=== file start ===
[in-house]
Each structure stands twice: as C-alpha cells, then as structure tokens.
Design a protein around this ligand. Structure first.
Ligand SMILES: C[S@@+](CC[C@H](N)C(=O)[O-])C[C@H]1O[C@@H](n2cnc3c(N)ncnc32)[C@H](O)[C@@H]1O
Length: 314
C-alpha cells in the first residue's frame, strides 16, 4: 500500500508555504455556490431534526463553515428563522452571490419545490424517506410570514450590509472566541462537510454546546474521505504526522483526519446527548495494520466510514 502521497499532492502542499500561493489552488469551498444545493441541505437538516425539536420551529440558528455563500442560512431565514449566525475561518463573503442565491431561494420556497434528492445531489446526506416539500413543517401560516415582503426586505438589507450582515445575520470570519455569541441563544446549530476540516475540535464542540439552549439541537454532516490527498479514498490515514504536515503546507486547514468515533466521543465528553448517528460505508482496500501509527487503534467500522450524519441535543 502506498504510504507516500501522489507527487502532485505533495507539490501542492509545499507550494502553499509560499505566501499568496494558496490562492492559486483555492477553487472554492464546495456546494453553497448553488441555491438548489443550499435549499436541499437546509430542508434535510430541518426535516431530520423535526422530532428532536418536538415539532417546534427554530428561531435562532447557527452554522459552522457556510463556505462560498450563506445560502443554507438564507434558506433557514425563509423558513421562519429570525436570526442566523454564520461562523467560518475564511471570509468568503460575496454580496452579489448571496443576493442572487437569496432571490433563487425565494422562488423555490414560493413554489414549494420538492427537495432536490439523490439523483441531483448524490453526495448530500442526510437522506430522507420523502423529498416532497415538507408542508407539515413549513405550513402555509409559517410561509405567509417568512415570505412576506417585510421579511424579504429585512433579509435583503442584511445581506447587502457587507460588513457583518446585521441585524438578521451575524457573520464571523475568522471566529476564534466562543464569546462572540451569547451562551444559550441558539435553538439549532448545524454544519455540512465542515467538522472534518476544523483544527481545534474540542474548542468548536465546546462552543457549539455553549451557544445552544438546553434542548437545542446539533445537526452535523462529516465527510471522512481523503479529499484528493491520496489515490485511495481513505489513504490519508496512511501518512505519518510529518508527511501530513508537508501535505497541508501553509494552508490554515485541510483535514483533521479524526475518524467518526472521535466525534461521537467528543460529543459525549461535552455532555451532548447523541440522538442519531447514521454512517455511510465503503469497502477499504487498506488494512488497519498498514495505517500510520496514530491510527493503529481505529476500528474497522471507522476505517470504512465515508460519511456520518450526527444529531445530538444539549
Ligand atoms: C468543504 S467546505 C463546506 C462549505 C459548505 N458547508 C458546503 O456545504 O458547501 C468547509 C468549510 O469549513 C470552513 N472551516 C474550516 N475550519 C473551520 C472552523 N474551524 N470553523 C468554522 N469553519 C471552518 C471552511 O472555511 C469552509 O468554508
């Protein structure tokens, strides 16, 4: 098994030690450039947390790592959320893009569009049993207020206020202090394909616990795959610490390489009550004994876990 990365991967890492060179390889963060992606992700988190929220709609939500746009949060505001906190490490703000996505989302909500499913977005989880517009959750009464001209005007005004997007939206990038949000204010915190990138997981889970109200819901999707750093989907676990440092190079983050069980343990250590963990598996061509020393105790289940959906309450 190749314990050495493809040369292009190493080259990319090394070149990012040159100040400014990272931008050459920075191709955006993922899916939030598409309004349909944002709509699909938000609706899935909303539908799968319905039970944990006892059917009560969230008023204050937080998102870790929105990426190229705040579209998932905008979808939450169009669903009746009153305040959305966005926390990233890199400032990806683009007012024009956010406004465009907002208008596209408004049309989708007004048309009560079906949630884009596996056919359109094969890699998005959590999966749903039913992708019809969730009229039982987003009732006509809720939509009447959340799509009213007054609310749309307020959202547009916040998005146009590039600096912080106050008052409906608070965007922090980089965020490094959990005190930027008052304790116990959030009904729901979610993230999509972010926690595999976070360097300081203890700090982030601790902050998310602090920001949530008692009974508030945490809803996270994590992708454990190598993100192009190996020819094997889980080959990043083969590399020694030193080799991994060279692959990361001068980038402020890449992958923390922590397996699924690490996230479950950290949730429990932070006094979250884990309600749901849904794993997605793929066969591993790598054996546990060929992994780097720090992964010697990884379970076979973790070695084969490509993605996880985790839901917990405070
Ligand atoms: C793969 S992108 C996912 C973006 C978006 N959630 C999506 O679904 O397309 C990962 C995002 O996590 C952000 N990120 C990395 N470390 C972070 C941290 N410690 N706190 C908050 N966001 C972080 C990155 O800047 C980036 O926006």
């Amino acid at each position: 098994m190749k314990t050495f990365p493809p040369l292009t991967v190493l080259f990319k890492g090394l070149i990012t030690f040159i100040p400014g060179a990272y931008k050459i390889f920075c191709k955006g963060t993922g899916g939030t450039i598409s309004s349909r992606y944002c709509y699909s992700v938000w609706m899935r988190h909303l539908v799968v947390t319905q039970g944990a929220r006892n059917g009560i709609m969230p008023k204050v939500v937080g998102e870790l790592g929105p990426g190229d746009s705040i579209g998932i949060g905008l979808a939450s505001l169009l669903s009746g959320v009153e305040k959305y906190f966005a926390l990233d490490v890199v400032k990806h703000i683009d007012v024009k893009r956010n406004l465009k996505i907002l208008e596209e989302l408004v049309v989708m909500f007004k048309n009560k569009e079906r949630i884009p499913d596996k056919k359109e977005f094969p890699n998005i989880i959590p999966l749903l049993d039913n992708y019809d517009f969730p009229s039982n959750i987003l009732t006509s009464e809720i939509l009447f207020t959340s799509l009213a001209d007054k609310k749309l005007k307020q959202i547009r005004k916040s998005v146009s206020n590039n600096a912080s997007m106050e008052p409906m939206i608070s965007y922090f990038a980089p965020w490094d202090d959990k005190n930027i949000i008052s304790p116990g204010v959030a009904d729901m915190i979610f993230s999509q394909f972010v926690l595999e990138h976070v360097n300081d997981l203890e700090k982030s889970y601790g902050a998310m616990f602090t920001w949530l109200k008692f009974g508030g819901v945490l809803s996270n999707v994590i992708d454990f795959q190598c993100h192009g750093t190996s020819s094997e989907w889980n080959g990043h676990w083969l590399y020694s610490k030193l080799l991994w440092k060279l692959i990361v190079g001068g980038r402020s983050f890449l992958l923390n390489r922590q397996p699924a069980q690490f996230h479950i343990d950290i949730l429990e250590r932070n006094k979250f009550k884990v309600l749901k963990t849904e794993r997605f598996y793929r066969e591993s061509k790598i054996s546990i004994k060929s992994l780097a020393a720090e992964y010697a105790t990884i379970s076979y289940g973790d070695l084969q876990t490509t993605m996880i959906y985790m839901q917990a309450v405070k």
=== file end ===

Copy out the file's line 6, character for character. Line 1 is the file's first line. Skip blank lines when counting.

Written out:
C-alpha cells in the first residue's frame, strides 16, 4: 500500500508555504455556490431534526463553515428563522452571490419545490424517506410570514450590509472566541462537510454546546474521505504526522483526519446527548495494520466510514 502521497499532492502542499500561493489552488469551498444545493441541505437538516425539536420551529440558528455563500442560512431565514449566525475561518463573503442565491431561494420556497434528492445531489446526506416539500413543517401560516415582503426586505438589507450582515445575520470570519455569541441563544446549530476540516475540535464542540439552549439541537454532516490527498479514498490515514504536515503546507486547514468515533466521543465528553448517528460505508482496500501509527487503534467500522450524519441535543 502506498504510504507516500501522489507527487502532485505533495507539490501542492509545499507550494502553499509560499505566501499568496494558496490562492492559486483555492477553487472554492464546495456546494453553497448553488441555491438548489443550499435549499436541499437546509430542508434535510430541518426535516431530520423535526422530532428532536418536538415539532417546534427554530428561531435562532447557527452554522459552522457556510463556505462560498450563506445560502443554507438564507434558506433557514425563509423558513421562519429570525436570526442566523454564520461562523467560518475564511471570509468568503460575496454580496452579489448571496443576493442572487437569496432571490433563487425565494422562488423555490414560493413554489414549494420538492427537495432536490439523490439523483441531483448524490453526495448530500442526510437522506430522507420523502423529498416532497415538507408542508407539515413549513405550513402555509409559517410561509405567509417568512415570505412576506417585510421579511424579504429585512433579509435583503442584511445581506447587502457587507460588513457583518446585521441585524438578521451575524457573520464571523475568522471566529476564534466562543464569546462572540451569547451562551444559550441558539435553538439549532448545524454544519455540512465542515467538522472534518476544523483544527481545534474540542474548542468548536465546546462552543457549539455553549451557544445552544438546553434542548437545542446539533445537526452535523462529516465527510471522512481523503479529499484528493491520496489515490485511495481513505489513504490519508496512511501518512505519518510529518508527511501530513508537508501535505497541508501553509494552508490554515485541510483535514483533521479524526475518524467518526472521535466525534461521537467528543460529543459525549461535552455532555451532548447523541440522538442519531447514521454512517455511510465503503469497502477499504487498506488494512488497519498498514495505517500510520496514530491510527493503529481505529476500528474497522471507522476505517470504512465515508460519511456520518450526527444529531445530538444539549